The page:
And if you’re married and filing separately, you could also pay taxes to the tune of up to 85% of your Social Security income. That’s what Joe Elsasser, president and CEO of Covisum, a Social Security claiming software company, calls a “gotcha” for those taxpayers.
Many people find out whether they owe federal income taxes on their Social Security income at tax time when they tally their Social Security benefit statement and other income.
Of note, you may also face state taxes on your Social Security income, depending on where you live. Most states do not impose levies on these benefits. But 13 states do, though the rules for that vary from state to state. Those states are Colorado, Connecticut, Kansas, Minnesota, Missouri, Montana, Nebraska, New Mexico, North Dakota, Rhode Island, Utah, Vermont and West Virginia.
Why you want to avoid a tax torpedo
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If you’re just now adding up your income for your April returns, it’s too late to mitigate those Social Security taxes.
But it’s not too late to try to bring down the rate at which you will be taxed on your benefits income for the next tax year.
What you most want to watch out for is something called the “tax torpedo.”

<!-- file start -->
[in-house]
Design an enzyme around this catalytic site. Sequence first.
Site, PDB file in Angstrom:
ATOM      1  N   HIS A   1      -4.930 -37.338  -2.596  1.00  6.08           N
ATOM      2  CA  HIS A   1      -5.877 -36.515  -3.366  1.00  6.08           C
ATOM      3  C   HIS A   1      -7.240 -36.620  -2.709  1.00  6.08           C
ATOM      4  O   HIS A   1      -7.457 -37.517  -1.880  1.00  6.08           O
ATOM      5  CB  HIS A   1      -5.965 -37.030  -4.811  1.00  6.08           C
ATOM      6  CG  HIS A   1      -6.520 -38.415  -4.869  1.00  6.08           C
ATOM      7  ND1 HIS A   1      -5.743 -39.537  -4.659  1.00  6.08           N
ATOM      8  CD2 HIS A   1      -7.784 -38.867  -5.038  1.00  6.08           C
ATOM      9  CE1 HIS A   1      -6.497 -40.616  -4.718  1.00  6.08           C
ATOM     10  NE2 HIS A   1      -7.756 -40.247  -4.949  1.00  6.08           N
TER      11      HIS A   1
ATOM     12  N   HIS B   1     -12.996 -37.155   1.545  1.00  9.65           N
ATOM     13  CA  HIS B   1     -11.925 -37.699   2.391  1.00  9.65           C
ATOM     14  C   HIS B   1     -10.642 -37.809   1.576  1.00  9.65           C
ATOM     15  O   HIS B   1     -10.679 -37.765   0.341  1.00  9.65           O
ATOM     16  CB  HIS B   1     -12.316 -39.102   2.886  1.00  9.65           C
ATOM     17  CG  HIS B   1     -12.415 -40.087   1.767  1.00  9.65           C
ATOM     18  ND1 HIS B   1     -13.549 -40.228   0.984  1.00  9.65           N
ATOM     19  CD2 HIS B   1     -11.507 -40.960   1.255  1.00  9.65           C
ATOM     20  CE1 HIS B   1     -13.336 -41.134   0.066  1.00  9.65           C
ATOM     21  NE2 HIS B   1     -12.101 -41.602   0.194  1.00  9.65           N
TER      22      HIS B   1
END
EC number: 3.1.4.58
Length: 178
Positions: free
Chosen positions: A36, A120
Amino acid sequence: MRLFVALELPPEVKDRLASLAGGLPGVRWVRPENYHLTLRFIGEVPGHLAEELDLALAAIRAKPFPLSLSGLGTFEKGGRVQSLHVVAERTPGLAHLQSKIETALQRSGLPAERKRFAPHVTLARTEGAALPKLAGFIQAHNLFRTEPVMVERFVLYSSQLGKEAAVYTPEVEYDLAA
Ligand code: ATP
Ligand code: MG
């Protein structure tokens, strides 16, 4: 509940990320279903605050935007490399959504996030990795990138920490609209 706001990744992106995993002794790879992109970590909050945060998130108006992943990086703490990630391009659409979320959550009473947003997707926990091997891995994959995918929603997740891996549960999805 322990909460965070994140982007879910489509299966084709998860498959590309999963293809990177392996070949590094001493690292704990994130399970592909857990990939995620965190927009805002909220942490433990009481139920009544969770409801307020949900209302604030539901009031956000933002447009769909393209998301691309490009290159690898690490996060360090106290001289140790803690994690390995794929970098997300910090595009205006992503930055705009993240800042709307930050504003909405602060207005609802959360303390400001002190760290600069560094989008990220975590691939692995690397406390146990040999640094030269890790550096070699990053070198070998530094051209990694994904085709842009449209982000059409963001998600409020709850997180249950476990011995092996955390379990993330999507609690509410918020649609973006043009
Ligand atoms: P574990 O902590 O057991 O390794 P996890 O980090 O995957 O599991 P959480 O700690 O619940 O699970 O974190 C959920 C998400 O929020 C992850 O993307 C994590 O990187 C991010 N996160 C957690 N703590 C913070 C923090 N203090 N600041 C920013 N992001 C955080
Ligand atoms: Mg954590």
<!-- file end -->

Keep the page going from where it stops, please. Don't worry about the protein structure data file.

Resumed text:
A tax torpedo occurs when there is a sharp rise and fall in marginal tax rates due to the taxation of Social Security benefits. Marginal tax rates are the extra taxes you pay on each additional dollar of income.
For example, a hypothetical single retiree receiving $30,000 per year in Social Security benefits, in addition to other income, could have a marginal tax rate of 0% if their modified adjusted gross income is up to $12,400, according to research published by Meyer.
What you’re really looking to do is change the blend of income that you have in order to actually save tax dollars rather than just prepay them.
president and CEO of Covisum
But that could climb to 15% for income between $12,400 and $18,750; 18% on $18,750 to $19,000; 22.2% on $19,000 to $34,568; and then up to 40.7% on income between $34,568 and $43,706. Beyond $43,706, the marginal tax rate could drop down to 22%.